Edward said...

I don’t use gadgets, well not yet anyway, I use a whip sometimes and I did for a short time use spurs but I was not pleased with using them so now I don’t, spurs and whips are both artificial adds and are technically not gadgets. I do also feed treats for the purpose of training and just because I love to treat my horses. I don’t think you are doing any harm with the draw reins and it’s clear as day you love your horse :)

Dreaming said...

Whew... you got a lot of opinions about gadgets! I like that you only use the draw reins periodically. You mention wanting Neck Stretcher. A driving trainer I had a clinic with makes his own out of round elastic 1/4" cord. He has 5 clips on them. Only two are stationary. The stationary clips attach to the D-rings on the saddle, or on a surcingle. The middle sliding clip attaches to the girth between the legs and the other two sliding clips attach to the bit. I posted a picture of my horse using the reins here:
The rein is adjustable. The white piece that you see hanging from the surcingle is actually the elastic folded back on itself. It has zip ties holding it together at 1 1/2" intervals so you can clip the double-ended clip into any of the spaces to make it shorter or longer. If you have questions, leave a comment on my blog.
BTW - that is one heck of a cast!

SolitaireMare said...

Not a fan of draw reins. Yes, in the past I have used them but I sold them off years ago because I never found any lasting benefit from using them on any horse.

Side reins are useful while lunging, to help guide the horse into a headset. But they must be attached correctly and never so tight that they "crank" the horse into a frame. I always left them loose for the first 10 minutes of lunging for the "long and low" headset and once the horse was warmed up would shorten the side reins a bit to gather the horse into the correct frame for its' level of training.

Spurs are a very useful tool when used correctly (no kicking or poking) and I use them with my current horse who's green. The extra nudge he gets from a properly applied spur helps him clearly understand what he's being asked to do. My spurs are 1/4" neck so they are very short but there to aid my leg if needed.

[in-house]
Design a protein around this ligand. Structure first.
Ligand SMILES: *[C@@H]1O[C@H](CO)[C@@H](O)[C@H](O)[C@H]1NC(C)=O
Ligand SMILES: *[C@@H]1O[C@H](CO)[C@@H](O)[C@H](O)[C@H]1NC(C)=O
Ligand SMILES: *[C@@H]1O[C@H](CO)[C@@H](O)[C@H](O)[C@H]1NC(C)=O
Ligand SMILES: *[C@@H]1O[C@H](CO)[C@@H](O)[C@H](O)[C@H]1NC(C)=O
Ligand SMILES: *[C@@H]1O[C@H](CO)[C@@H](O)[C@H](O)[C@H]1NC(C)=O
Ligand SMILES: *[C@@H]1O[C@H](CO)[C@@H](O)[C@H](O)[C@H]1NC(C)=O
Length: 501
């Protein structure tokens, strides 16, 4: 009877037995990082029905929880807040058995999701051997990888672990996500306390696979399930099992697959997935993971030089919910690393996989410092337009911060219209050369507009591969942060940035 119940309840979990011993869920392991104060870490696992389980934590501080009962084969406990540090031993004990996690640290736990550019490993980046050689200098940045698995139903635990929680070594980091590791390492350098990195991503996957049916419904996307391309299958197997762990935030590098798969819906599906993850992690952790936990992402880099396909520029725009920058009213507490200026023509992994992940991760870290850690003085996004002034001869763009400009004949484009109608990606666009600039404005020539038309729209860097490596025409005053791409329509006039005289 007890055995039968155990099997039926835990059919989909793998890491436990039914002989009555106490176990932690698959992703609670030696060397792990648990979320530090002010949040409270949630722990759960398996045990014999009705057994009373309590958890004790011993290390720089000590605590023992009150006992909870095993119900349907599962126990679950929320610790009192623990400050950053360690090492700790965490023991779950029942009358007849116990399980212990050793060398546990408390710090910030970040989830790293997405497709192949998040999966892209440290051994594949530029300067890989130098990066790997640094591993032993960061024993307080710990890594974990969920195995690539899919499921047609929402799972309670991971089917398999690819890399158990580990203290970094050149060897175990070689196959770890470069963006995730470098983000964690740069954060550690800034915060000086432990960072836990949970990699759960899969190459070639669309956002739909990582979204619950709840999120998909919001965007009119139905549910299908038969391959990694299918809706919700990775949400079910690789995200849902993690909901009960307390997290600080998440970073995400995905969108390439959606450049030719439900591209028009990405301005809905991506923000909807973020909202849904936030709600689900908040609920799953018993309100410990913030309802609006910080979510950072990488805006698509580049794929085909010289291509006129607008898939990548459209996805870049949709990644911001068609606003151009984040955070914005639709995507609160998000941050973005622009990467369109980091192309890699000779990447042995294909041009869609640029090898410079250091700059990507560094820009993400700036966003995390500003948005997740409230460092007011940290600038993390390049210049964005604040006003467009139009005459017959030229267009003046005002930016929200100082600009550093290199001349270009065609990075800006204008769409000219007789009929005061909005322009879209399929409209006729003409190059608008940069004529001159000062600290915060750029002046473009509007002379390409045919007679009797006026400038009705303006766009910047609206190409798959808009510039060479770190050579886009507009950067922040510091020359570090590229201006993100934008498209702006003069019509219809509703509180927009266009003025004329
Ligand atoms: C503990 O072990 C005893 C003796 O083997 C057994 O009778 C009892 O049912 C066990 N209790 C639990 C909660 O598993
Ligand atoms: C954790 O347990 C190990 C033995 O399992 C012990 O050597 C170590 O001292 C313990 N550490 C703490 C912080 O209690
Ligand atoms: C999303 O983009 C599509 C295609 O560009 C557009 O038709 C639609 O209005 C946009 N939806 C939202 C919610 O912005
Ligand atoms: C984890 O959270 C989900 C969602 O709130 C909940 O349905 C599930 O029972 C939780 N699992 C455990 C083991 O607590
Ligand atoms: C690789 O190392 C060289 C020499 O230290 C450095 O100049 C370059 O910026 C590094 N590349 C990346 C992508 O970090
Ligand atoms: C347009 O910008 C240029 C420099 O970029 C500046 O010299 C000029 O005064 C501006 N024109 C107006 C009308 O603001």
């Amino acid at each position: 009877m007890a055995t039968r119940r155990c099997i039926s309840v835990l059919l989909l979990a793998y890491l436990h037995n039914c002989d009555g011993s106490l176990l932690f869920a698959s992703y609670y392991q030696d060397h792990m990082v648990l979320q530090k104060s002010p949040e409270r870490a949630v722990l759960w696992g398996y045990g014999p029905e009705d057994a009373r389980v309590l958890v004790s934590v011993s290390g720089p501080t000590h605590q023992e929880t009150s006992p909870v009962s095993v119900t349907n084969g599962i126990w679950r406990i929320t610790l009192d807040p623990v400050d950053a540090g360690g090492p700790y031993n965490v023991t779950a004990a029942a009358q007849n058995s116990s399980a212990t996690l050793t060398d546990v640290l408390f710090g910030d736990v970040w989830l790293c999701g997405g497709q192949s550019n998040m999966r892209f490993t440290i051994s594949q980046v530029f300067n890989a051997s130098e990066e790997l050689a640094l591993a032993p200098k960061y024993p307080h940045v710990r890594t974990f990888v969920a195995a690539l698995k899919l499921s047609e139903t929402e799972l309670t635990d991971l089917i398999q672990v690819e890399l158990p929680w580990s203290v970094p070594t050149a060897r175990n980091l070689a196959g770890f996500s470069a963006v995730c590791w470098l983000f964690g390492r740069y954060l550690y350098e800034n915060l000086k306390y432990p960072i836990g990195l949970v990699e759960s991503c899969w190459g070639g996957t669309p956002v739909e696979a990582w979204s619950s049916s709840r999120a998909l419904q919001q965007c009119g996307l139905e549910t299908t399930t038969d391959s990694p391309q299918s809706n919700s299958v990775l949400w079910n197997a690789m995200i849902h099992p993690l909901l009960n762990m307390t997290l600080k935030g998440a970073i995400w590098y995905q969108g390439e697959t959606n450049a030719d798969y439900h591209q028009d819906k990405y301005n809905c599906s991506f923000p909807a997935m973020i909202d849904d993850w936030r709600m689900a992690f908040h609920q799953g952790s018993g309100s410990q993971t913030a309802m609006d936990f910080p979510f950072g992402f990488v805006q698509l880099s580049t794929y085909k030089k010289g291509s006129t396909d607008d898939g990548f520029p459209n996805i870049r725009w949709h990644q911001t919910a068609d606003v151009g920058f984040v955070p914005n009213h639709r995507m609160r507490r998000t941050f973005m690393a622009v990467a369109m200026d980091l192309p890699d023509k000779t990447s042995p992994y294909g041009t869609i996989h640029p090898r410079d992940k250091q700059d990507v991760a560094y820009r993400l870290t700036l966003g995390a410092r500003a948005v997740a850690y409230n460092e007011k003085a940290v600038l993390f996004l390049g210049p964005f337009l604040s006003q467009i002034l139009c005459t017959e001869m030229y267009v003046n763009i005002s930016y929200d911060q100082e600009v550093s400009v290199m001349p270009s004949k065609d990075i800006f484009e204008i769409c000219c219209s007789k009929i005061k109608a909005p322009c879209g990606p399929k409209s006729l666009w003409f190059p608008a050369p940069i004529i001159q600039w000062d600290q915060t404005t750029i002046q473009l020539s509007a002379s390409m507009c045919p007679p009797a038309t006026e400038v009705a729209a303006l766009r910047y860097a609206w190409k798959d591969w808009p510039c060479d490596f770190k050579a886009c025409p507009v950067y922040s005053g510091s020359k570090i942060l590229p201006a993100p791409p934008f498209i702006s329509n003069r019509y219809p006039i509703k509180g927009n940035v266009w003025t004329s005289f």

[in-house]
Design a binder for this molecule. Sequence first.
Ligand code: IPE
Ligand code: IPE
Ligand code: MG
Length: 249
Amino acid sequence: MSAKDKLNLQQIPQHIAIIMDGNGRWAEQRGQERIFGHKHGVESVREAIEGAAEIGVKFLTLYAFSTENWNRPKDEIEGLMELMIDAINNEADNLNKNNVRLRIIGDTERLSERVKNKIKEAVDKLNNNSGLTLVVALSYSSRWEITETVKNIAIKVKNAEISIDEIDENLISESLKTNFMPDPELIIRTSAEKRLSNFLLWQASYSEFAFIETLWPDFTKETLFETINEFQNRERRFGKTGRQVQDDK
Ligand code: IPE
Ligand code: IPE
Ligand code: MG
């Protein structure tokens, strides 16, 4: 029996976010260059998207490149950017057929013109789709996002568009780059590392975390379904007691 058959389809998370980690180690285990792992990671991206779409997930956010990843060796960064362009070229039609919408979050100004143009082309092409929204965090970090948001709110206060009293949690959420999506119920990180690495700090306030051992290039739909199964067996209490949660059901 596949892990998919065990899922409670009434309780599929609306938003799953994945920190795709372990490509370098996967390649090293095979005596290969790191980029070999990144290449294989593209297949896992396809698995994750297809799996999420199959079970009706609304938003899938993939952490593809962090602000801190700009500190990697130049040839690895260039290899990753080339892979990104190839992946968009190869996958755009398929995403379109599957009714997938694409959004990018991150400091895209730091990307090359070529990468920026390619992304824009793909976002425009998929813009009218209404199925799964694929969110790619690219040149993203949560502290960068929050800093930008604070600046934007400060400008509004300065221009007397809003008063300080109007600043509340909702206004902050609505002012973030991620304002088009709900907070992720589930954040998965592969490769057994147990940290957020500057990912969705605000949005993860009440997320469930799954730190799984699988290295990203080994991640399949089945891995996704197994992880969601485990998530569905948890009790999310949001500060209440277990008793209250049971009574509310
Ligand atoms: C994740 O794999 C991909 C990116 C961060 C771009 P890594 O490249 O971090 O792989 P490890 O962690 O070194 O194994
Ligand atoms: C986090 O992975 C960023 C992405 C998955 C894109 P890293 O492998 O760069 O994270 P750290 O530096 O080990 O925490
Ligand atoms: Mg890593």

I have no problem with treats if they are not just fed at random but accompany a request to do something as a reward. Treats fed because I love him go in the bucket. A treat fed as a reward for doing something can come from the hand but any pushy, mouthy behavior stops hand feeding at once.

Have you ever used a running martingale? It's a simple gadget but what's great about it is when it's used correctly and properly fitted to the horse, it applies no pressure unless the horse raises it's head above the hands. As soon as the horse drops its head, the added pressure stops. This isn't always the case with draw reins, especially if you aren't very independently skilled in the feel and use of your hands.

Many riders experiment with gadgets. What I have found from my personal experience with using them is as your time in the saddle increases, and your skills also increase through being exposed to good training, your need for gadgets simplifies and diminishes.

Good post.

SolitaireMare said...

Got your reply over on my post. I am also a hunter/ huntseat eq rider and understand your feeling on martingales since you can't flat with them, but remember, you can't flat with draw reins either! ;)

All are tools to consider, and discussion that furthers learning is the best tool of all. :D

Wishing you a very speedy recovery from your ankle injury and a return to the saddle soon.

Give Pippi a horsey hug from Joey and me!